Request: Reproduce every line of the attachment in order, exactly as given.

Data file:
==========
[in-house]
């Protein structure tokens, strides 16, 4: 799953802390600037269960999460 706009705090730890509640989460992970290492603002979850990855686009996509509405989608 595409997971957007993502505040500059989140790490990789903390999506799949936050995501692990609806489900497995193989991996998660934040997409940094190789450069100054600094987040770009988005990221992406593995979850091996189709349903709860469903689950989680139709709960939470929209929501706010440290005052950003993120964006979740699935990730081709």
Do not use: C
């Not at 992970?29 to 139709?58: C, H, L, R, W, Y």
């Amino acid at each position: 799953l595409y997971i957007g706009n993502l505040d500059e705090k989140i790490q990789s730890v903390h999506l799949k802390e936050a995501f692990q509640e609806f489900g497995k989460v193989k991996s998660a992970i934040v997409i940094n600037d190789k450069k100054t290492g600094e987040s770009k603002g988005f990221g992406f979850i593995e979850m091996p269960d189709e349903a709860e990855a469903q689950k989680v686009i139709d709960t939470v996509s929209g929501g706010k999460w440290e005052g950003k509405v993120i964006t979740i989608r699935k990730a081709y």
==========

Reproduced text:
[in-house]
């Protein structure tokens, strides 16, 4: 799953802390600037269960999460 706009705090730890509640989460992970290492603002979850990855686009996509509405989608 595409997971957007993502505040500059989140790490990789903390999506799949936050995501692990609806489900497995193989991996998660934040997409940094190789450069100054600094987040770009988005990221992406593995979850091996189709349903709860469903689950989680139709709960939470929209929501706010440290005052950003993120964006979740699935990730081709």
Do not use: C
């Not at 992970?29 to 139709?58: C, H, L, R, W, Y």
């Amino acid at each position: 799953l595409y997971i957007g706009n993502l505040d500059e705090k989140i790490q990789s730890v903390h999506l799949k802390e936050a995501f692990q509640e609806f489900g497995k989460v193989k991996s998660a992970i934040v997409i940094n600037d190789k450069k100054t290492g600094e987040s770009k603002g988005f990221g992406f979850i593995e979850m091996p269960d189709e349903a709860e990855a469903q689950k989680v686009i139709d709960t939470v996509s929209g929501g706010k999460w440290e005052g950003k509405v993120i964006t979740i989608r699935k990730a081709y």